The Proof Is In The Planning

Employee round-table discussion
Reading Time: 4 minutes

There is so much content now being generated about those four letters – GDPR – that it is very easy to see folks becoming swamped and confused about how to start and where to look. I have seen a few articles recently that have been written by a technology vendor which by implication has a product placement woven into the script. I suppose that is understandable as the desire to help is closely followed by the need to generate more revenue and profit. If not pure product placement then there is a more palatable approach, in at least pointing towards different technology options which may address part of the GDPR challenge.

I have spoken to a lot of our customers about what types of solutions and processes they are looking to put in place, and they are many and varied. I have listened to various preparation plans for the new regulation; plans to use RMS encryption for every email, every email and document, enhanced DLP solutions to use content scanning for personal identifiable information (PII) and as you might expect, multi-level security policies with data classification labels. Certainly RMS everywhere will be quite heavy and will be a challenge on some non-native Redmond derived technologies; and if you include IP addresses as part of the host of PII pieces of data, the DLP content scanners are going to be sweating. Multi-level security policies can also quite quickly become confusing for the users, although we do have a client who, for certain users, have up to 17 classifications they can add to a document to assist in complying with several different regulatory requirements.

The next step you do need to take when trying to clear some of the GDPR fog is to look at making a plan. I recently read an article published by Naked Security (original piece can be found here), who had conducted some research and found a useful set of actions published by Ireland’s Office of the Data Protection Commissioner. The core of the document looks at 12 key activities, which I have added to, as a starting point for your planning to be prepared for the upcoming GDPR:

  1. Be aware. It’s not enough for CEOs, IT staff and compliance officers to be aware of what GDPR requires. All employees from the top to the bottom of an organisation need to be extensively educated and made aware of the regulation’s importance and the key role they have to play in being authors and processors of the data they use.
  1. Be accountable. Companies must make an inventory of all personal data they hold and ask the following questions: Why are you holding it? How did you obtain it? Why was it originally gathered? How long will you retain it? How secure is it, both in terms of encryption and accessibility? Do you ever share it with third parties and on what basis might you do so?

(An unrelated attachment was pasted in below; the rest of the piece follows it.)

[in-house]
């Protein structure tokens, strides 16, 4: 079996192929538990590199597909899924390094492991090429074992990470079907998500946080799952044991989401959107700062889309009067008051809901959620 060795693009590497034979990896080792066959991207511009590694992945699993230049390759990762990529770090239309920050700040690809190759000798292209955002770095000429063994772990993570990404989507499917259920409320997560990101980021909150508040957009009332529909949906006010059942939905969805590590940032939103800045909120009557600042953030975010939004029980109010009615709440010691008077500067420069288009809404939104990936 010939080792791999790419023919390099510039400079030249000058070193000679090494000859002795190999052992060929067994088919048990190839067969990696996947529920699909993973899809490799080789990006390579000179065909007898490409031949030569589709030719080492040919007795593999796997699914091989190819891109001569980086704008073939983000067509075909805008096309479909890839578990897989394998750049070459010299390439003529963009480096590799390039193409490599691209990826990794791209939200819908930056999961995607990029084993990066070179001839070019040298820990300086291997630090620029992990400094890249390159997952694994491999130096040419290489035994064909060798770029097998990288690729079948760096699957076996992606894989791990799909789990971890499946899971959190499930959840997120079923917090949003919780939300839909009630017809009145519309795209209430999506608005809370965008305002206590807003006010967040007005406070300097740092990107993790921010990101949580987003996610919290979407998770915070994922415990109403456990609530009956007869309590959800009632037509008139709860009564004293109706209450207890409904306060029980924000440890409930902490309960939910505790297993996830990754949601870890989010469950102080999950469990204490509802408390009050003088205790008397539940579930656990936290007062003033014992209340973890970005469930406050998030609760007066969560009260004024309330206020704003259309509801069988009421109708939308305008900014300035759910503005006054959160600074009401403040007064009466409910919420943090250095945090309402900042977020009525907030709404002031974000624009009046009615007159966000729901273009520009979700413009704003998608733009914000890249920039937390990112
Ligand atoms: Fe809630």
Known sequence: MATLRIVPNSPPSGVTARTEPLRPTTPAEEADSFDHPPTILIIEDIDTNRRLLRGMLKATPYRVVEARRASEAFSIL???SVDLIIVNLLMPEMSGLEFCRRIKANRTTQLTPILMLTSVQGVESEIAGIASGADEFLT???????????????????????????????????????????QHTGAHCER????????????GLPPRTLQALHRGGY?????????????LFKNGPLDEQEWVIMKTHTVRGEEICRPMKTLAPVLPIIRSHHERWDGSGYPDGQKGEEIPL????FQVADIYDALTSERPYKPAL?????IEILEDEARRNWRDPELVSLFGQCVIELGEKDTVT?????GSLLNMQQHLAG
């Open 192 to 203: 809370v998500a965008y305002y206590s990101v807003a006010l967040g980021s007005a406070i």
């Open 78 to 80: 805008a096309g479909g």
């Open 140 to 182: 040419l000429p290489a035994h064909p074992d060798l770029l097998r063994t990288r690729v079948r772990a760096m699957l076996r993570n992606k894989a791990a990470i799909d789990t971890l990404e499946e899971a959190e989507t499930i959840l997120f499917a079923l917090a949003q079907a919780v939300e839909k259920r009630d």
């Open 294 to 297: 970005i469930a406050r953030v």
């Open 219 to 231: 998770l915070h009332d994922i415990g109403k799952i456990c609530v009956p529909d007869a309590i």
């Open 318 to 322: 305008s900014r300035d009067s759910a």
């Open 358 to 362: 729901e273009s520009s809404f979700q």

1. Communicate with staff and service users. This is an extension of being aware. Review all current data privacy notices alerting individuals to the collection of their data. Identify gaps between the level of data collection and processing the organisation does and how aware customers, staff and service users are. Look at your logistics chain and what actions are they putting in place to match your good work if they are processing some of your data.
  1. Protect privacy rights. Review procedures to ensure they cover all the rights individuals have, including how one would delete personal data or provide data electronically. Right to be forgotten may conflict with other regulatory information you need to keep such as HR records on past employees. So know what systems hold what data.
  1. Review how access rights could change. Review and update procedures and plan how requests within new timescales will be handled.
  1. Understand the legal fine print. Companies should look at the various types of data processing they carry out, identify their legal basis for carrying it out and document it
  1. Ensure customer consent is ironclad. Companies that use customer consent when recording personal data should review how the consent is sought, obtained and recorded.
  1. Process children’s data carefully. Organisations processing data from minors must ensure clear systems are in place to verify individual ages and gather consent from guardians.
  1. Have a plan to report breaches. Companies must ensure the right procedures are in place to detect, report and investigate a personal data breach. Always assume a breach will happen at some point and know your procedure for alerting your national authority body within the time lines.
  1. Understand Data Protection Impact Assessments (DPIA) and Data Protection by Design and Default. A DPIA is the process of systematically considering the potential impact that a project or initiative might have on the privacy of individuals. It will allow organisations to identify potential privacy issues before they arise, and come up with a way to mitigate them.
  1. Hire data protection officers. The important thing is to make sure that someone in the organisation or an external data protection advisor takes responsibility for data protection compliance and understands the responsibility from the inside out.
  1. Get educated on the internal organisations managing GDPR. The regulation includes a “one-stop-shop” provision to assist organisations operating in EU member states. Multinational organisations will be entitled to deal with one data protection authority, or Lead Supervisory Authority (LSA) as their single regulating body in the country where they are mainly established.

Time is now ticking away, with regulation enforcement starting in May 2018. If you’re struggling to start your planning to get GDPR ready, get in touch with us and see how we can help your organisation.